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Frequently Asked Questions

 1. How do I learn to market myself and generate leads?

Regardless of the type of insurance you sell, to be successful you must learn how to market yourself to potential clients and create a system of generating new business leads. A common philosophy is if you are taught how to fish you will be more successful than if you are given a fish. will help guide you in the right direction so you receive extensive training in all areas of marketing and sales. Learning these valuable skills will ensure you will be successful in an insurance career for a long time.

2. What kind of commissions can I earn?

Each insurance industry and each carrier has its own commission structure and payment policies. For example, some industries pay the agent a percentage of the client’s premium each month and some pay a flat pre-determined rate for each policy sold. It depends on the industry and the carriers you contract with as to what your commissions could be. National Marketing Organizations assist agents with understanding the varying commission structures and payment options.

3. What is the difference between contracting direct to carrier and contracting through a broker?

Typically, when an agent contracts direct to a carrier they are “captive” to that company meaning they cannot sell or represent plans from another company. By contracting as a broker or with a National Marketing Organization, an agent is free to offer their clients plans from a variety of carriers. Broker agents may also sell a variety of types of insurance to their clients, which can be limited by working directly with a carrier. This is a personal decision that all agents must make. Opportunities are changing all the time; therefore doing research before committing to one organization is recommended.

4. Where do I go to receive an insurance license?

Each state has its own requirements to receive an insurance license; however, every state requires the potential agent to pass an exam before being issued an insurance license. Your State Department of Insurance will have the requirements for your state.

5. Do you have an E&O company you recommend? How much will Errors and Omissions coverage cost?

E&O coverage typically costs around $500 per year. You can obtain E&O insurance coverage at a discounted rate from CalSurance.

6. How do IMOs or NMAs get paid or make money?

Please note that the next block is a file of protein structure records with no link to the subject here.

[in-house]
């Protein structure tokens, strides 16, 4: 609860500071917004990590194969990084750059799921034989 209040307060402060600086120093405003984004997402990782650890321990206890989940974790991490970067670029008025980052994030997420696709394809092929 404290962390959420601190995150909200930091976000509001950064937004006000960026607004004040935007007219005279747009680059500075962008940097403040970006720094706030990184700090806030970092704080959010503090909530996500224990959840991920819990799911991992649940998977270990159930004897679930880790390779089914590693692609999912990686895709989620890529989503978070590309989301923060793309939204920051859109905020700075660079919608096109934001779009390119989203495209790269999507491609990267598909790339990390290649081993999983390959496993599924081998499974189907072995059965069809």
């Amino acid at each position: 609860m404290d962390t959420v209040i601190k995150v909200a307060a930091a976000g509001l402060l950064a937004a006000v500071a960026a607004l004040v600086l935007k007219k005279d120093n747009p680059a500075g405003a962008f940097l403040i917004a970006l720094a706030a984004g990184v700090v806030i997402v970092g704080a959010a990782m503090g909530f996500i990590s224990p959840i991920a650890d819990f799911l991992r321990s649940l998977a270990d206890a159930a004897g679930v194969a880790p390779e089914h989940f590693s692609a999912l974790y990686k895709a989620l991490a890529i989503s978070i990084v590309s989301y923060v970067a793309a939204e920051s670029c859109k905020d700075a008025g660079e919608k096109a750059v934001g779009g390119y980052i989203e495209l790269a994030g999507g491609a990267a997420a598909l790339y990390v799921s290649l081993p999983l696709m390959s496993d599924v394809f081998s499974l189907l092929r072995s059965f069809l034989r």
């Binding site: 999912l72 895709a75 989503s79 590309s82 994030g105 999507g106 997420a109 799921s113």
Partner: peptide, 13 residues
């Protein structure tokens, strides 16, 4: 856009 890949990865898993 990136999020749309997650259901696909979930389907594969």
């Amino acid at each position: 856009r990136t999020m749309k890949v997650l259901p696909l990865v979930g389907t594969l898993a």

Carriers typically pay National Marketing Organizations (or IMOs) an override over the agent’s commission. It is important to understand that these overrides are paid to the IMO/NMO to support, train and assist each of their agents. Additionally, most NMOs have their own commission policies for agents they contract. National Marketing Organizations prefer the insurance carrier pay the agent directly when possible and do not take a percentage of the agent’s commission. NMOs will assist an agent in researching their commissions and help them solve commission issues, but prefer that agents receive their commissions from the carrier.

7. How will I be trained?

It is extremely important for agents to receive as much training as possible prior to meeting with a potential client. Obviously, the more an agent knows about a product, the better he or she will be able to assist clients. It is important to choose a supportive marketing organization that holds training and sales webinar meetings, provides numerous sales and marketing guides and regularly updates you, since products and restrictions are constantly changing in each insurance career. Additionally, each insurance carrier also provides many training opportunities. will help guide you in the right direction so you receive extensive training in all areas of marketing and sales. Remember, Knowledge is Power!

8. What is the appointment process and how long will it take?

The process to become contracted and appointed is not complicated; however, each carrier has a different process. The processes also vary by insurance career as well. A National Marketing Organization (NMO) can explain these differences and assist agents in becoming appointed in most insurance industries. The time frame for becoming appointed ranges from a few days to a few weeks. Again, these variances are dependent upon the time of year, the carriers, the insurance industry and the agent’s motivation to complete the process as quickly as possible.